This piece by Heather Knight describes so well, in very personal terms, the issues regarding the SFPD Police State like assault on a free press. Heather is quite right. Nearly every public official in this “progressive” town has looked the other way and condoned the totalitarian action by the cops with the tacit permission of a compliant judiciary. San Francisco in general should be ashamed of itself. Heather is to be commended for speaking truth to power.
San Francisco Chronicle – Heather Knight 5.18.2019
The political spectrum in this country isn’t so much a line from left to right, but a circle. The further left a person goes, the more in common he or she has with somebody on the far right.
Take the shocking story of the San Francisco police bringing a literal sledgehammer to a journalist’s door — and a metaphorical one to the freedom of the press — on the morning of May 10. The officers were brazenly and clumsily trying to find out who among their ranks leaked the police report describing the seedy details of Public Defender Jeff Adachi’s death to freelancer Bryan Carmody, who in turn sold it to television stations.
As if the sledgehammer wasn’t enough, Carmody said the officers drew their guns and handcuffed him — for six hours. Picture that. Being handcuffed in your own home and forced to look on as police seize your laptops, phones and notebooks, the ones containing work from your 29-year career.
Imagine seeing this story pop up on your phone. Must have been in some small town in the South, right? One where everybody voted for Donald Trump and believes the president’s crazy rants about “fake news” and journalists being the “enemy of the people”?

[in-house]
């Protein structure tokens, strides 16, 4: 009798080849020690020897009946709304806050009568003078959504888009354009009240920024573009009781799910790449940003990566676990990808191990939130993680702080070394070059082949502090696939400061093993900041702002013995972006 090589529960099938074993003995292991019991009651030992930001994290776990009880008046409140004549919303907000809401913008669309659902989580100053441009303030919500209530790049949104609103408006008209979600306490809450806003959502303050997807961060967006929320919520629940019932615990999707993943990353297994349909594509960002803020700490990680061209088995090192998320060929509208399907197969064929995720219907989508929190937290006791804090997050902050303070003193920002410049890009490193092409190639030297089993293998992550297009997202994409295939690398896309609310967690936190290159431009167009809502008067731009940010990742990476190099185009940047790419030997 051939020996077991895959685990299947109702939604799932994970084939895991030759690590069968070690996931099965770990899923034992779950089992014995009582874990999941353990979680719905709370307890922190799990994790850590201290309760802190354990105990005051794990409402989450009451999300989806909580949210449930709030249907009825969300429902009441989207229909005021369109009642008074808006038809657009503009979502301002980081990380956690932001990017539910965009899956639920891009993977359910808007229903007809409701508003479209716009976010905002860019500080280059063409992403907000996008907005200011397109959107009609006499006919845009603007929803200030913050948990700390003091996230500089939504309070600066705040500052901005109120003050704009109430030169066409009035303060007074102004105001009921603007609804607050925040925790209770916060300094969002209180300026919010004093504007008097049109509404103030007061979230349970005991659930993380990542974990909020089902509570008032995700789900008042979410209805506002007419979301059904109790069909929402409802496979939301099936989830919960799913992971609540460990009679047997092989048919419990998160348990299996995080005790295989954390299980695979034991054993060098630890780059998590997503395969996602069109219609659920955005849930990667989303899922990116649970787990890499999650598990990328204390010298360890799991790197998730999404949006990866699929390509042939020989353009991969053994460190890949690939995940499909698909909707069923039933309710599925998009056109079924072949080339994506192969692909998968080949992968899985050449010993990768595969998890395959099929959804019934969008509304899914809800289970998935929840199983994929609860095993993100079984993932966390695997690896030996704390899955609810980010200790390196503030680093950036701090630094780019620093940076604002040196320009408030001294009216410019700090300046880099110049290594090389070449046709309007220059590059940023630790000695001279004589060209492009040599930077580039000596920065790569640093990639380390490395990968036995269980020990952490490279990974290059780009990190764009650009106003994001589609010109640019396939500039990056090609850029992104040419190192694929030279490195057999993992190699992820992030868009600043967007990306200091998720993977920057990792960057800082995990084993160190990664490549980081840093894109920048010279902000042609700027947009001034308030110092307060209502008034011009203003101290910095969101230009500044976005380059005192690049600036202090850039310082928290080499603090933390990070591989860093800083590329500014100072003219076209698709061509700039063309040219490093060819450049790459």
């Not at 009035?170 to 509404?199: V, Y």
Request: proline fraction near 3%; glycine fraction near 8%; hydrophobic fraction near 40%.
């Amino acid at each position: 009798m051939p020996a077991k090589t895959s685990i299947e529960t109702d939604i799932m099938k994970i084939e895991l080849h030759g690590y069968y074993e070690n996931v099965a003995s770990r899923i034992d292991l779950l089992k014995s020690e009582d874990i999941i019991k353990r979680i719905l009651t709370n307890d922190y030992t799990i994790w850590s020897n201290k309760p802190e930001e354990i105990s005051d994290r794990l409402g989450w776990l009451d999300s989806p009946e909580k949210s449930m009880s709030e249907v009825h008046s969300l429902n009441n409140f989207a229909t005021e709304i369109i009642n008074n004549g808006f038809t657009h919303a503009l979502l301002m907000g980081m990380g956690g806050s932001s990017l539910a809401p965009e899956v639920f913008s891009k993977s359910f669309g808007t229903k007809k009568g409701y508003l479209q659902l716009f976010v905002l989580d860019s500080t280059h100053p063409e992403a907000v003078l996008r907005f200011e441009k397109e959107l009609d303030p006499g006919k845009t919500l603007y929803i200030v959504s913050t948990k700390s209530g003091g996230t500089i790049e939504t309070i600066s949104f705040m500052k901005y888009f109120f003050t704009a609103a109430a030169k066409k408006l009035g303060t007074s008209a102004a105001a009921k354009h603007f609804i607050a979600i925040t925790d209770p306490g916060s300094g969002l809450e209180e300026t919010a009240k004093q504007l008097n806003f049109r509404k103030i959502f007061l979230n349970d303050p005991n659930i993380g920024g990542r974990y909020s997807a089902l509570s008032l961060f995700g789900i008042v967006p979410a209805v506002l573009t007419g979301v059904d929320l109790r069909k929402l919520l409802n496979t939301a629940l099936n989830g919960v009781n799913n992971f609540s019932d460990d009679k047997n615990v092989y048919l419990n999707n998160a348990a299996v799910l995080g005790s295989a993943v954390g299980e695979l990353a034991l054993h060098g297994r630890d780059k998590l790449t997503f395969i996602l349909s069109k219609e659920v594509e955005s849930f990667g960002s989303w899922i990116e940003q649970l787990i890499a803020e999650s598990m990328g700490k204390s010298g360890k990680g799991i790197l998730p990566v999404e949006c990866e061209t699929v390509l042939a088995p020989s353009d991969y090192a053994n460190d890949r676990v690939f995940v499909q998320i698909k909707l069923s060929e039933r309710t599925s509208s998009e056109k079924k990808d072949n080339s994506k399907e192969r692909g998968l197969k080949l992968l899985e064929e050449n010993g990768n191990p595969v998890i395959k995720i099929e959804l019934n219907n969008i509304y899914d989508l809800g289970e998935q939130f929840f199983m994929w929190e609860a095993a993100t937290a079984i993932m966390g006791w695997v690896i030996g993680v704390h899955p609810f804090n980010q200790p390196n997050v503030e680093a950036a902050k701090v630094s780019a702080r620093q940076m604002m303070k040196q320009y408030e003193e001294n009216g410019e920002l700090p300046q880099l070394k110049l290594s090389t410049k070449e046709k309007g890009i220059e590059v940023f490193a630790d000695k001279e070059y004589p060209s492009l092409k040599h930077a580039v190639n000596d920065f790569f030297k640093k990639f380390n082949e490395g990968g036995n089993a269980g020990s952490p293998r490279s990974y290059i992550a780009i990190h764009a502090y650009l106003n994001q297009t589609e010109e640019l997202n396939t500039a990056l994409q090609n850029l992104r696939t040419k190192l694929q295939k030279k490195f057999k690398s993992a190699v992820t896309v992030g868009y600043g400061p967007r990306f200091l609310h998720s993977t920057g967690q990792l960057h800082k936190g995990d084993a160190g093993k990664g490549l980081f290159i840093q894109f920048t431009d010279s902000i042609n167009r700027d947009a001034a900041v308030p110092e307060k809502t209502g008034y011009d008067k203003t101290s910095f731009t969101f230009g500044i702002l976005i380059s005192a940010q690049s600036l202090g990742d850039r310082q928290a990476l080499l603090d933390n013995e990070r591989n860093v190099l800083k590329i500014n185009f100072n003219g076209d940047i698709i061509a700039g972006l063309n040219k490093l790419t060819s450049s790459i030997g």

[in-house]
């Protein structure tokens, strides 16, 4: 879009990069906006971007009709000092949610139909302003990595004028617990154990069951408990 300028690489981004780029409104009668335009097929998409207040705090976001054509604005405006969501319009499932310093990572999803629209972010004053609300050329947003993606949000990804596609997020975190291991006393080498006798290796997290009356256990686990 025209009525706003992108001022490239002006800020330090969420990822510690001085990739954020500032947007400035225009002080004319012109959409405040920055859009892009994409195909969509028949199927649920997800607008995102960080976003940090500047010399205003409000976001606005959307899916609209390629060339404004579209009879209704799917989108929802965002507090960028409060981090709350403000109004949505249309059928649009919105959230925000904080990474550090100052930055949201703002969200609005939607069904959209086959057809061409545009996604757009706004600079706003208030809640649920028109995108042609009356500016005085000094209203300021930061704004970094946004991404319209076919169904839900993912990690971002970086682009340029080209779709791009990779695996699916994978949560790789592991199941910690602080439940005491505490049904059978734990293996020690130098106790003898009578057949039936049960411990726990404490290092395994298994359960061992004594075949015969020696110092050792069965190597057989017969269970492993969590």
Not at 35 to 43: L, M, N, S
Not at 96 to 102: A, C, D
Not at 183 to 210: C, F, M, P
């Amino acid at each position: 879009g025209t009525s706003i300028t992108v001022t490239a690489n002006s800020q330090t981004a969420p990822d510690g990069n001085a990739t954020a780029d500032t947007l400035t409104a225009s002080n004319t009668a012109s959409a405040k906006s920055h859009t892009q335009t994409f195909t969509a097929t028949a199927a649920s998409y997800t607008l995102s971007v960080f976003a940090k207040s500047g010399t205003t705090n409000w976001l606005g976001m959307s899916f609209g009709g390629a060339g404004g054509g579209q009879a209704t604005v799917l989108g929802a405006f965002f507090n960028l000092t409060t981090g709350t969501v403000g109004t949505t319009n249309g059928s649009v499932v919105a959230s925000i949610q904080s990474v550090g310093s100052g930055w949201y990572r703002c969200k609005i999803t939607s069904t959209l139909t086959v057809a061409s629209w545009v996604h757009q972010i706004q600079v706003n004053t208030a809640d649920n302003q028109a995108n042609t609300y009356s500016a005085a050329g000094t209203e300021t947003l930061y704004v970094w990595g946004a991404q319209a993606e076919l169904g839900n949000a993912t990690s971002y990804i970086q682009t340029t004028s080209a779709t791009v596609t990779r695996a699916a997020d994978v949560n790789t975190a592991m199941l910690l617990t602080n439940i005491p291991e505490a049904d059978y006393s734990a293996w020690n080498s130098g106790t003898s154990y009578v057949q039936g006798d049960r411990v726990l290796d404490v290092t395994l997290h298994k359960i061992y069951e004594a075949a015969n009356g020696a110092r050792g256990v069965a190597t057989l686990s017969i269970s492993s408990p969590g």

Nope, it happened right here in supposedly progressive San Francisco. You know, the cosmopolitan city where we treasure our freedoms. When it suits us anyway. And the most troubling part? The fact that so many city officials were in on it — and so few have condemned it after the fact.
Two Superior Court judges — Victor Hwang and Gail Dekreon — signed off on the warrants. (Sources say Hwang has been telling people around town there’s “more to the story,” but nobody but Hwang seems to know what that is. A spokeswoman for the Superior Court said judges cannot comment, citing ethical rules.)
Two FBI agents were on hand during the raid, too. And Mayor London Breed, to whom Police Chief Bill Scott reports, issued a milquetoast statement that managed not to say much at all, other than that the Police Department “went through the appropriate legal process to request a search warrant.”
I’ve covered three mayors — four if you count the brief tenure of Mark Farrell last year — and their feelings about the press seemed to range from irritation to anger, depending on the day. But the First Amendment? You’d think they’d appreciate that.
Supervisor Sandra Fewer, who is married to a retired police officer, told the San Francisco Examiner that it’s “illegal to obtain a police report unless it has been officially released.” That’s false. It’s perfectly legal for a journalist to receive a leaked document, and it’s essential to our role of serving as government watchdogs.
Fewer later clarified: “The truth is, I am not a legal expert.” No kidding.
Despite so much support for the Police Department’s actions, I still — perhaps naively — expected some contrition from Scott when he explained the raid to the Police Commission Wednesday night. He’s a genial guy who doesn’t relish the limelight or political fights, and I figured he’d strike a conciliatory tone. Maybe even apologize.
Quite the contrary.